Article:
BERLIN — In a country that kept the far right restricted to the political sidelines for more than half a century, the rise of the Alternative for Germany (AfD) marked a watershed moment on Sunday, according to first projections that showed the party winning more than 13 percent of the vote.
The AfD won’t be in a position to drive a legislative agenda, but Sunday’s vote probably will give it something the far right had always been denied: parliamentary legitimacy on a national level.
“Once a party gains access to Parliament, chances become much lower that it will simply disappear again,” said Tarik Abou-Chadi, a comparative politics researcher at Humboldt University in Berlin. “The election could remove the social stigma which has hampered other far-right parties in the past.”
With seats in the Bundestag, the AfD will be eligible to receive more taxpayer funding. As the only anti-immigration party in a mostly consensus-based national parliament, the AfD can also hope to further sharpen its profile as an alternative to Chancellor Angela Merkel.
“We will chase Ms. Merkel,” AfD co-leader Alexander Gauland said after first projections Sunday showed big gains for the far right. His party was determined to “claim back our country and people,” he said.
Gauland and other AfD candidates made headlines throughout the campaign with remarks widely considered inflammatory. Yet some of its voters said Sunday that they hoped the raised profile would force Merkel to rethink some of her recent policy changes.
Jens Fleischer, who lives in the eastern German city of Dresden, where he works as an IT manager, said that his vote for the far right was also supposed to be a warning to the Christian Democrats to not forget about their base.
“I could be convinced to return to the CDU if they became more conservative again. Under Merkel, they have moved too far to the left for me and many others,” said Fleischer, who hopes that the AfD will collaborate with the Christian Democratic Union (CDU) and its Bavarian sister party, the CSU, in Parliament, rather than acting as a rebellious protest party.
In Berlin’s Weissensee district, such hopes were echoed by another AfD voter who did not provide his name because of his job as a police officer. The former Merkel voter said that he was disgruntled by her acceptance of immigration, progressive gender models and the legalization of same-sex marriage.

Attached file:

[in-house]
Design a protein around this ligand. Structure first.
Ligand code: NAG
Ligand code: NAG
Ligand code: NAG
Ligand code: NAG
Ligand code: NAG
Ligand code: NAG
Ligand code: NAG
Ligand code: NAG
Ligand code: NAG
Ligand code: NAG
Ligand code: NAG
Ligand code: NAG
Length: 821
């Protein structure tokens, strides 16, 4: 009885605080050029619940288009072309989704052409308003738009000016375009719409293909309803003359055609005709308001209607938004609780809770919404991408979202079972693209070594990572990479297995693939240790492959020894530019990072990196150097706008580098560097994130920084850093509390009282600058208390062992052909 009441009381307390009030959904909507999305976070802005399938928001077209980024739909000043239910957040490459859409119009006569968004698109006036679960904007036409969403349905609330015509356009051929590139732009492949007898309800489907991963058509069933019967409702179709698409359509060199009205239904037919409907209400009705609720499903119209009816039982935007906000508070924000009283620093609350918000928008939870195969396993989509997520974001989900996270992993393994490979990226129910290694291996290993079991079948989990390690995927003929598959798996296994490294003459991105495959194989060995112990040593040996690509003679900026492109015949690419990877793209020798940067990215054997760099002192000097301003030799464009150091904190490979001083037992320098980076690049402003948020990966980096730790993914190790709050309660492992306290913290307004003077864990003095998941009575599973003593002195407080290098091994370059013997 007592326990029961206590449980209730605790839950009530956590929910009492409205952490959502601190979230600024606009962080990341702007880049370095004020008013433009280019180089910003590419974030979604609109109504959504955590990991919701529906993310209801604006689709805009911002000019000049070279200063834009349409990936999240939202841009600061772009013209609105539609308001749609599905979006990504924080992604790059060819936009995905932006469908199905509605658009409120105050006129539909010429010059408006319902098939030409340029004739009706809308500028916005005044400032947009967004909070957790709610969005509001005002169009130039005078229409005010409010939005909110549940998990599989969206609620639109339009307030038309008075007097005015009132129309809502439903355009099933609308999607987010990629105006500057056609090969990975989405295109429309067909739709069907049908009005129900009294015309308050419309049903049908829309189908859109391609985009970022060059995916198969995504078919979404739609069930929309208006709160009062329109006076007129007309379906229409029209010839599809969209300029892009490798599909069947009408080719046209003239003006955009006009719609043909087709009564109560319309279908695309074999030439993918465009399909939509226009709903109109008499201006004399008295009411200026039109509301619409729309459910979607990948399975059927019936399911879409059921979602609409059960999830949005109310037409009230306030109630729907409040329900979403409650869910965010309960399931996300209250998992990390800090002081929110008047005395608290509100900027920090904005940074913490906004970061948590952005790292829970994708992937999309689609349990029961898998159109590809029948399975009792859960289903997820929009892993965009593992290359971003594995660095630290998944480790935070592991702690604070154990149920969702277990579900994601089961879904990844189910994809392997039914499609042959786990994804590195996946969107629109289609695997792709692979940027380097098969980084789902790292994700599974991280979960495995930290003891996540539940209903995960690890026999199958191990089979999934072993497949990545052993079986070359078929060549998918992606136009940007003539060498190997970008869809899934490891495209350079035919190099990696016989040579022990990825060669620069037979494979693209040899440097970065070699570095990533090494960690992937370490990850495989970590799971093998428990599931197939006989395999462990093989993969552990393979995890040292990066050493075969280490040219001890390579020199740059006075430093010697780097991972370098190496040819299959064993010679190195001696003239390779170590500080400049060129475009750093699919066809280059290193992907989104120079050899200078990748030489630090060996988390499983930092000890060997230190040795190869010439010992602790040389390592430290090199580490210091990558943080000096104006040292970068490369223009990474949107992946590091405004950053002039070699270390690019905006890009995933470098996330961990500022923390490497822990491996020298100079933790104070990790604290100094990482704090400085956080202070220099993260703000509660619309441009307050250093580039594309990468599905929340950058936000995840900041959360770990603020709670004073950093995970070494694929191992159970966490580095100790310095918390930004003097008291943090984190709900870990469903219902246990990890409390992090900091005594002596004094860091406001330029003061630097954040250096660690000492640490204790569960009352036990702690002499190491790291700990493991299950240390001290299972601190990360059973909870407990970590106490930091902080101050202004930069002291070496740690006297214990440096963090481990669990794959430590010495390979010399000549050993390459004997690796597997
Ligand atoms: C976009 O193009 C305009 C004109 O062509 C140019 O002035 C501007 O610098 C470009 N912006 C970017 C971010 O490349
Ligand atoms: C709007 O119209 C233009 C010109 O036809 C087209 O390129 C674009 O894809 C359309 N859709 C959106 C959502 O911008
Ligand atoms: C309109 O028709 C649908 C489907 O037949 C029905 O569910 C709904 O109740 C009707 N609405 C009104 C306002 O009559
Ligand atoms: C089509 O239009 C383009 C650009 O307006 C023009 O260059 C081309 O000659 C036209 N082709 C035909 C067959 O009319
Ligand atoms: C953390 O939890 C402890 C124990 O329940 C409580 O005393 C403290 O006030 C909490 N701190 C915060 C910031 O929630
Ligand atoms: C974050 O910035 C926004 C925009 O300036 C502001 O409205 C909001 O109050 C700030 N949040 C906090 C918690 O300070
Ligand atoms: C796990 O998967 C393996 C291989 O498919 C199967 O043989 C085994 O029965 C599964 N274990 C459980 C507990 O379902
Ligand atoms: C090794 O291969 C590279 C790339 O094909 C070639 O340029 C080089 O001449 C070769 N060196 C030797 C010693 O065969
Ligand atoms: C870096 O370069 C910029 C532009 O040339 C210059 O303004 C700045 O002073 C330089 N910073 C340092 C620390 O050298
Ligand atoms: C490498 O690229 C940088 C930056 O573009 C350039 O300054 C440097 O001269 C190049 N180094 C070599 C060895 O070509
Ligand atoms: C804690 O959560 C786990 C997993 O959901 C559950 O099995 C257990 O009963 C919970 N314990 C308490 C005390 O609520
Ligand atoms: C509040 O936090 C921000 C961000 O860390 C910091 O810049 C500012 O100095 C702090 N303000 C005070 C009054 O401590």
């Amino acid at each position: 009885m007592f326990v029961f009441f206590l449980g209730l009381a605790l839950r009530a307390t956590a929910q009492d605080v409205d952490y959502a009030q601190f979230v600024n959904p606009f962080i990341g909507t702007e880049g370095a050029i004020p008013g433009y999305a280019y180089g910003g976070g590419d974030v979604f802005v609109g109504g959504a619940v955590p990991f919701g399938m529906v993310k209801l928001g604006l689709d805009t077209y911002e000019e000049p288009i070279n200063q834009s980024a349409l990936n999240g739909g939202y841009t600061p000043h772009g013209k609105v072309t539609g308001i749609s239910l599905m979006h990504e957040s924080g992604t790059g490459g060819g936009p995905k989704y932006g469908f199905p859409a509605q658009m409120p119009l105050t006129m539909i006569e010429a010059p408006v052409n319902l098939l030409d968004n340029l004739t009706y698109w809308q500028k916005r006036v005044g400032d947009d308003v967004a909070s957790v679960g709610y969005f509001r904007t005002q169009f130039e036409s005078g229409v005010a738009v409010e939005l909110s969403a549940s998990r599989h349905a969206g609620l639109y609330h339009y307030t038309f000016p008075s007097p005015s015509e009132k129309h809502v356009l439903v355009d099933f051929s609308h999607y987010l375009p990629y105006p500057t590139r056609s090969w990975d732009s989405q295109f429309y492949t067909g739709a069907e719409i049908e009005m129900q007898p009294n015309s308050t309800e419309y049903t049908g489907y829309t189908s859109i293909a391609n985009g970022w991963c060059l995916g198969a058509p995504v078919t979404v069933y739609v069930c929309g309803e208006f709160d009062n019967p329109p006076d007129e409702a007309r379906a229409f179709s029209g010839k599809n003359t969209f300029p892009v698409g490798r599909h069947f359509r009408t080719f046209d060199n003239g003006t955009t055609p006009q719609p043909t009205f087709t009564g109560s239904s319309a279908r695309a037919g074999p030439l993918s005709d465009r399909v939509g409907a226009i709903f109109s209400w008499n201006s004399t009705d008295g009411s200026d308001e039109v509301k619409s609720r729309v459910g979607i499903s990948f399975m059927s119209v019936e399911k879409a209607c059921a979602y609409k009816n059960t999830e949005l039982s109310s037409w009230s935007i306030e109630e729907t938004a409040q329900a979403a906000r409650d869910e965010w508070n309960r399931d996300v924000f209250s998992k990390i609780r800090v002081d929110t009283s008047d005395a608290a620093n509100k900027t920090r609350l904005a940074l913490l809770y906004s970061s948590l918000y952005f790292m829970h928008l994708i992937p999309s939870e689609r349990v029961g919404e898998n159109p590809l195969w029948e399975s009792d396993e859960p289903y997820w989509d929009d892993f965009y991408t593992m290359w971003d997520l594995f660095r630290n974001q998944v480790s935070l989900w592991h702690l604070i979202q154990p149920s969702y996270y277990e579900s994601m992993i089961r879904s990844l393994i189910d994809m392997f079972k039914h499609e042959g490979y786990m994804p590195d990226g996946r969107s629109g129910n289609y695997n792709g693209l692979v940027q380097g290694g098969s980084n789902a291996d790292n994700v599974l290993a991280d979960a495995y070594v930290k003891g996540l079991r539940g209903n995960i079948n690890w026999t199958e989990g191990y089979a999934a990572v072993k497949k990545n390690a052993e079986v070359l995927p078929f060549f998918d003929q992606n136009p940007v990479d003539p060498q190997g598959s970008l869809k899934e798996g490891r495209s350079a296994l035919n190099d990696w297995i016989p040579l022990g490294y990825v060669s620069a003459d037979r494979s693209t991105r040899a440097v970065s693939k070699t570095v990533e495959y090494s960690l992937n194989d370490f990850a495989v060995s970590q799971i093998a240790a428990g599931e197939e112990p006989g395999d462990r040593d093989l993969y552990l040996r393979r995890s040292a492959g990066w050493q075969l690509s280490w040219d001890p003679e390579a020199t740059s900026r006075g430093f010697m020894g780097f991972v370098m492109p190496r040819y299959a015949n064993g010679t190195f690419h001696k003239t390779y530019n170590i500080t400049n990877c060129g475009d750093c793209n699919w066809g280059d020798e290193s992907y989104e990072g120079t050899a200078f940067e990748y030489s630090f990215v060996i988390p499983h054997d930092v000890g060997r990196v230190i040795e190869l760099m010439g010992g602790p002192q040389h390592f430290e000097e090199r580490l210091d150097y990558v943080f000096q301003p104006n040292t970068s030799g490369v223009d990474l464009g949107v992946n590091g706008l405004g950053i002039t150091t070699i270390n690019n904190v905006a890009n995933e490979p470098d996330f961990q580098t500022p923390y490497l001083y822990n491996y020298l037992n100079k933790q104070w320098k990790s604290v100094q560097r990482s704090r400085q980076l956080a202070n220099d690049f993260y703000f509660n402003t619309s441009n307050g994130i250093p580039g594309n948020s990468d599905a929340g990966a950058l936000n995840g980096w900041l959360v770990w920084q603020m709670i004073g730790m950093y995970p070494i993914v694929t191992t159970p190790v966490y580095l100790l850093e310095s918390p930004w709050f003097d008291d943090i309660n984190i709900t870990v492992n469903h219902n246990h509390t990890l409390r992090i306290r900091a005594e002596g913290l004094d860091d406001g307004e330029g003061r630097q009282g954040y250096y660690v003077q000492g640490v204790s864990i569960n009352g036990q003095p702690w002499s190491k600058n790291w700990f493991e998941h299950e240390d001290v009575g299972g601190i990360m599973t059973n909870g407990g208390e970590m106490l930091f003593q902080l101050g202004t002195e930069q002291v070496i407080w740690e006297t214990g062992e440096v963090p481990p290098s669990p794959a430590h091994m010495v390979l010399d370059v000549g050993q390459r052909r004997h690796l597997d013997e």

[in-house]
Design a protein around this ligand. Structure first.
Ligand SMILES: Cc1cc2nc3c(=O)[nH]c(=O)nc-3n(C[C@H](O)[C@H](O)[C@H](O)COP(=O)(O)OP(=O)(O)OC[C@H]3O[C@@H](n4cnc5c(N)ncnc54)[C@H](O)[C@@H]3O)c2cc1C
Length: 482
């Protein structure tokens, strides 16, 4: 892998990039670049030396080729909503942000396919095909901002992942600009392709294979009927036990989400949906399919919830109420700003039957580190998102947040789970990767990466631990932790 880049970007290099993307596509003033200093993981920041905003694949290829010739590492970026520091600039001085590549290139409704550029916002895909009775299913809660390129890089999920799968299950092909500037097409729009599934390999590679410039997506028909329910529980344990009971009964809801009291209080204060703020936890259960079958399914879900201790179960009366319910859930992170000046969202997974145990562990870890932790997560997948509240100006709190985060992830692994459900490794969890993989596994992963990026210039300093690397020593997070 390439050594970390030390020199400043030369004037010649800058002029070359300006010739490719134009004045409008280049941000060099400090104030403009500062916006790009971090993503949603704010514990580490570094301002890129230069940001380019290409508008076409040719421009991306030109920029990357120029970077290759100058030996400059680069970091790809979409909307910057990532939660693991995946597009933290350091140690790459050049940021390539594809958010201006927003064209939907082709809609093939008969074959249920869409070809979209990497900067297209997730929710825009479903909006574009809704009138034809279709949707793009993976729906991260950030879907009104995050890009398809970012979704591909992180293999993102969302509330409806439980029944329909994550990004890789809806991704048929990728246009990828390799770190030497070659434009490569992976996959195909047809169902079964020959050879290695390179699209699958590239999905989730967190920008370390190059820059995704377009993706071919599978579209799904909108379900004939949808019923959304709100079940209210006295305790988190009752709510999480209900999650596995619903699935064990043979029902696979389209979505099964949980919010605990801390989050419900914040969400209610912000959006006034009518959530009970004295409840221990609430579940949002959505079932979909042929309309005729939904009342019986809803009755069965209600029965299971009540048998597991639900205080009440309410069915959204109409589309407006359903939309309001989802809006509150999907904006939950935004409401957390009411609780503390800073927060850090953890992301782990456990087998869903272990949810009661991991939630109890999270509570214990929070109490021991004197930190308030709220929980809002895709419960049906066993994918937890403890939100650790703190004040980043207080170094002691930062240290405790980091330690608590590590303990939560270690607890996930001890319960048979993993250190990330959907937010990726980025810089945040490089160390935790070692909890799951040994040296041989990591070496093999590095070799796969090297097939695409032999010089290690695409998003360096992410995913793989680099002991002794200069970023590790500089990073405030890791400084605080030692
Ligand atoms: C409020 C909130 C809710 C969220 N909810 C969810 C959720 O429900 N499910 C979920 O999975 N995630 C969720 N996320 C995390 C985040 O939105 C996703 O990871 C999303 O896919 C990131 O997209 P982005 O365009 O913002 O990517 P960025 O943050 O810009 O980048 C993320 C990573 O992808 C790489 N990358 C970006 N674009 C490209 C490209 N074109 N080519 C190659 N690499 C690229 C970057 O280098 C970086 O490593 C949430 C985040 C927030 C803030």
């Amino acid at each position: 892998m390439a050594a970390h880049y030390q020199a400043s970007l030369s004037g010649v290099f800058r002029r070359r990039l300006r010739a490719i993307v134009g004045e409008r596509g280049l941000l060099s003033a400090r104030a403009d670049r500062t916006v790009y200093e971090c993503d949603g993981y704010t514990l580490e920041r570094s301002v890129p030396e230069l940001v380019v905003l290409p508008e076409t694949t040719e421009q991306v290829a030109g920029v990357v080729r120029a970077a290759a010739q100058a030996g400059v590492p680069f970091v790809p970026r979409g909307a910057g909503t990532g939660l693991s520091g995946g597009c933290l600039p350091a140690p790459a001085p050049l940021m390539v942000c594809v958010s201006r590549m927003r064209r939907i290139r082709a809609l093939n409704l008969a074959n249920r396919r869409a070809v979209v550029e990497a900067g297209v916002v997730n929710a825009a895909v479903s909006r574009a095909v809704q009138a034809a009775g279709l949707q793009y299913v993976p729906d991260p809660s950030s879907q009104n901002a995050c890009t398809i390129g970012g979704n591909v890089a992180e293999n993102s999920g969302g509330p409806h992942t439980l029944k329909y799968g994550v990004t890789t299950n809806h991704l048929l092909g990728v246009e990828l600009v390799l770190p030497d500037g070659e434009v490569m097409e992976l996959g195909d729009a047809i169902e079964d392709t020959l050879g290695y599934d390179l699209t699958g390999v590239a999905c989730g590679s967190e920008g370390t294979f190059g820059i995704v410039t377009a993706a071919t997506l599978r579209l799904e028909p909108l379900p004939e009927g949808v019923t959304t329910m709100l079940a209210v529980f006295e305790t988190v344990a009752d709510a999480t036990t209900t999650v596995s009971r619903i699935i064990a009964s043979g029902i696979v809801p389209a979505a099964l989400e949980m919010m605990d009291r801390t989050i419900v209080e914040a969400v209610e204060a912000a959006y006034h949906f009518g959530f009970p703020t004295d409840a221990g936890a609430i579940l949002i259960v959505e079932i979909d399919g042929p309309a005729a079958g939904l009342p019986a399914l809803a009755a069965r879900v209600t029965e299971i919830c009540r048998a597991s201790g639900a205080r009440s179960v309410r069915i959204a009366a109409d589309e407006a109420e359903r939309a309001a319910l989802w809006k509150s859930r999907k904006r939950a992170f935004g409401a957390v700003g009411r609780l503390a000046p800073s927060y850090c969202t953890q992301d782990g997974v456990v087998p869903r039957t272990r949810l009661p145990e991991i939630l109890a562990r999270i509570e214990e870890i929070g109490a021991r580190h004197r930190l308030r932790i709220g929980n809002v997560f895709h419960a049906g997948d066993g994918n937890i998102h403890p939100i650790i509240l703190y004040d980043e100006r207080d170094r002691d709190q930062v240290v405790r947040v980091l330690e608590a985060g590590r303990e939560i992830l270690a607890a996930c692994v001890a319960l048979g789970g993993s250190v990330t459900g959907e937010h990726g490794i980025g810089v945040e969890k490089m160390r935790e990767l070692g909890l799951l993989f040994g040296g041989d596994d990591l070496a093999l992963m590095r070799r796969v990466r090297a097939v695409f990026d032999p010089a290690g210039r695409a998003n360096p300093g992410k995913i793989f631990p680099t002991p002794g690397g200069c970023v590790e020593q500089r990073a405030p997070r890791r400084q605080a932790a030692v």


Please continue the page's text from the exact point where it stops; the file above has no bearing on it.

“We’re not the United States of Europe — we are Germany, and I’d like to preserve our national identity,” he said, although he also acknowledged that most of his political views were more closely aligned with the CDU and the Social Democratic Party (SPD) than with the AfD. “It’s about priorities, though, and immigration is the top issue for me.”
Given the cultural and ideological focus of the AfD, political scientists do not expect the far right’s base to splinter once the party is in Parliament. “There are always ways to find compromises when it comes to the distribution of wealth — but you either agree or you disagree with gay marriage. There is no in between,” said Holger Lengfeld, a professor at the University of Leipzig.
The AfD’s chances to expand its appeal further appear to be limited, however. A vast majority — about 67 percent of Germans — said in a Gallup poll conducted before Sunday’s vote that they were satisfied with their nationally elected officials.
Widespread opposition to the far-right among more mainstream voters is also unlikely to disappear, even as some AfD supporters hope that their party will be willing to cooperate with others to pass legislation.
“The AfD would be rather stupid if they were to engage in any constructive dialogue, however,” said Timo Lochocki, an expert on European party politics with the German Marshall Fund of the United States, an American think tank.
“It’s a party that only exists because it is so different from the rest,” he said.